Brazil: Small city in Brazil implements a modest, partial basic income

Basic Income Earth Network

Last Saturday, May 25th 2019, an event took place in Maricá, a city on the coast of the state of Rio de Janeiro, where the mayor Fabiano Horta (representant from PT, Partido dos Trabalhadores), vice mayor Marcos Ribeiro and the secretary of Solidarity Economy, Diego Zeidan, announced that, from July 2019 onward, 50000 citizens, a third of its 150000 inhabitants, will receive a Citizen’s Basic Income of 130 Mumbucas, a local electronic currency, equivalent to 130 reais, or US$ 32,5 per month.

The plan is to have all Maricá’s citizens receiving this unconditional cash, at least until the end of the present city government legislature.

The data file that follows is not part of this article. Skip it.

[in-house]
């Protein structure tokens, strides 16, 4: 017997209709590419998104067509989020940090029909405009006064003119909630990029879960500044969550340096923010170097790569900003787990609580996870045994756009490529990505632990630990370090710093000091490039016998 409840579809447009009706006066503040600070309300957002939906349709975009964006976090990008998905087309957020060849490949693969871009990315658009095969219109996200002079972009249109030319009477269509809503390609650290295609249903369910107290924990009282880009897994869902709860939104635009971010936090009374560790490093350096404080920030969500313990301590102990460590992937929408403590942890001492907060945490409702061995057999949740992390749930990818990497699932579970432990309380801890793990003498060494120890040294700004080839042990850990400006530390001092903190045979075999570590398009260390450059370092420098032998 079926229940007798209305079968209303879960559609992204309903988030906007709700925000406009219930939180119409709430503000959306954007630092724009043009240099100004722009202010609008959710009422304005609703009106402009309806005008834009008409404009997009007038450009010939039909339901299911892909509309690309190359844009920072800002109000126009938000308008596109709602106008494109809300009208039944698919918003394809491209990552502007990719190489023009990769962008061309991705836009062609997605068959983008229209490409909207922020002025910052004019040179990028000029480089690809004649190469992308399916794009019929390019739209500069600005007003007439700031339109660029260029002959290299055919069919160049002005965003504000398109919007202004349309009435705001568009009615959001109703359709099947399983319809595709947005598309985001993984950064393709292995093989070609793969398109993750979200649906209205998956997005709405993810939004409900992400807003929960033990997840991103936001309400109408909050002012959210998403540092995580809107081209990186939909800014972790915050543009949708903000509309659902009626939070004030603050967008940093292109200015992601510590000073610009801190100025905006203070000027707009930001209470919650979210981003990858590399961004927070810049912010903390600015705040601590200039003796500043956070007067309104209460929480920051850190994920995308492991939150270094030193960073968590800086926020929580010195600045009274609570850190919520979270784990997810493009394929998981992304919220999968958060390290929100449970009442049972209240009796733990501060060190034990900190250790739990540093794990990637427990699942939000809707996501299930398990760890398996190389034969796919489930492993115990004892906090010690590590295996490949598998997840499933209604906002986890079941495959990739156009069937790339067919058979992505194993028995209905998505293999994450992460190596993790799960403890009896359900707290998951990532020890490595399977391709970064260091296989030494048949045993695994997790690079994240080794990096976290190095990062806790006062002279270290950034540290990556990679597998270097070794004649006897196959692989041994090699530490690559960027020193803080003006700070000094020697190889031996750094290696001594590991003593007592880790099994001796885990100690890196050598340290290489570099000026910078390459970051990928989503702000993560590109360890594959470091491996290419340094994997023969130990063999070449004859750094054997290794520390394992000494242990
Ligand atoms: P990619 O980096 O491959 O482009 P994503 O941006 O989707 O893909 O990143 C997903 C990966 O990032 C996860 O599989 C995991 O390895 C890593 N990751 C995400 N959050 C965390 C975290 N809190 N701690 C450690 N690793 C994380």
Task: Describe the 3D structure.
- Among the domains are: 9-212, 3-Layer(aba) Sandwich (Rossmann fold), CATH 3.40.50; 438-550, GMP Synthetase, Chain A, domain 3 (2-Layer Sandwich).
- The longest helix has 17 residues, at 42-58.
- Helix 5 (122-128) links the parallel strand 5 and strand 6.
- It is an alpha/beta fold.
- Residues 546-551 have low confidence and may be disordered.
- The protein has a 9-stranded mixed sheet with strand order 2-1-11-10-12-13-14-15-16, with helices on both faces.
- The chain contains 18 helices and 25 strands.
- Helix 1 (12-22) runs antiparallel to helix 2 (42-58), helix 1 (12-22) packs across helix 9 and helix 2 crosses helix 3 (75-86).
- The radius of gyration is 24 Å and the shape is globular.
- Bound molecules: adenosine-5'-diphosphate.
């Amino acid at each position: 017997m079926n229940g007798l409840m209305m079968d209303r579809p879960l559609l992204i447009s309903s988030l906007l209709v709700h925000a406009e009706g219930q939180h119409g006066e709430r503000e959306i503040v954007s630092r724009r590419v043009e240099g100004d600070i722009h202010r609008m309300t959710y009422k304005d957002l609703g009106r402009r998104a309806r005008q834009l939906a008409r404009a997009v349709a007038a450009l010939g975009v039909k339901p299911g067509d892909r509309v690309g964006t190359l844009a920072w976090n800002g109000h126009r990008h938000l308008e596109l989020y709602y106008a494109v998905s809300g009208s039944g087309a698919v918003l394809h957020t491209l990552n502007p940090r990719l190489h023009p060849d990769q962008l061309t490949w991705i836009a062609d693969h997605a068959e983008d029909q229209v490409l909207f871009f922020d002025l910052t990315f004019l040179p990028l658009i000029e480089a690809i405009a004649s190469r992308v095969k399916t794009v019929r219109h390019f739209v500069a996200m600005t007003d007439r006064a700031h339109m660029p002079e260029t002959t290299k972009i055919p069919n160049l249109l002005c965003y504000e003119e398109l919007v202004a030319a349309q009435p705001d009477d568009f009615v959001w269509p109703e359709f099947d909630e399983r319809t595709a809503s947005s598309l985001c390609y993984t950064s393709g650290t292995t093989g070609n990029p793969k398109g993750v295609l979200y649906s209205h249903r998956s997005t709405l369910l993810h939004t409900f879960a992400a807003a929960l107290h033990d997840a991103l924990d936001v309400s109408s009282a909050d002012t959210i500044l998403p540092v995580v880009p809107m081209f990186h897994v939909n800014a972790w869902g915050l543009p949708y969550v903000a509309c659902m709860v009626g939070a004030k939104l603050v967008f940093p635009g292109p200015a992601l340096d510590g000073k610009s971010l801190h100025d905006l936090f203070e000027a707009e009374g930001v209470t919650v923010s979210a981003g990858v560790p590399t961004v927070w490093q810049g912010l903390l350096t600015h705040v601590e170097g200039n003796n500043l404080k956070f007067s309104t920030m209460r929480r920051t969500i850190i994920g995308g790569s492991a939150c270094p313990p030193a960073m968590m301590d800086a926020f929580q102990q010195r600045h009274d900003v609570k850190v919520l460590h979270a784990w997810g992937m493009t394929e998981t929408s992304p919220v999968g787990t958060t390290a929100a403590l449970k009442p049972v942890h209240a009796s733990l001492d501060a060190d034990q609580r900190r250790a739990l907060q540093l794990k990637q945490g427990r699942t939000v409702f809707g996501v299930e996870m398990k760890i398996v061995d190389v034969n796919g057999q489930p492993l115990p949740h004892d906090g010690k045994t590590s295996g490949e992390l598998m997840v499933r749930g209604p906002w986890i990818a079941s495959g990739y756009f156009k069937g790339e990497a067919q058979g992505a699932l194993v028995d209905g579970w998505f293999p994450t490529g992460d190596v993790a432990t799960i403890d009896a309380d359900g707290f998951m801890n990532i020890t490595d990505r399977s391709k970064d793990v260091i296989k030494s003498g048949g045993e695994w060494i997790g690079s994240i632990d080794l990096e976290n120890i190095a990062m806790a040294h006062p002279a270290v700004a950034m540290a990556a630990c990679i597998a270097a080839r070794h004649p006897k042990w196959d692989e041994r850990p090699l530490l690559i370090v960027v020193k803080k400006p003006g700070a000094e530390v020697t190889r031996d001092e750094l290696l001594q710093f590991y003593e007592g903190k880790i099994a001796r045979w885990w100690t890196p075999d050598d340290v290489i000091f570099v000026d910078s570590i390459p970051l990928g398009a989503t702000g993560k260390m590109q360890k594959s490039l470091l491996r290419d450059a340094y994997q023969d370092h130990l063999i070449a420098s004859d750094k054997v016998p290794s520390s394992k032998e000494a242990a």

Longtime politician (presently councilman in the City of São Paulo) and basic income activist Eduardo Suplicy had already explained the advantages of implementing basic income in Brazil, as a part of a general upgrade of social policy in the country. That policy, actually, has been written into Brazilian law since 2004 (Law 10.835/2004), but sanctioned by president Lula on January 8th 2004. There, it says that a basic income shall be rolled out in Brazil, step by step, starting with those most in need, until one day it benefits all citizens.

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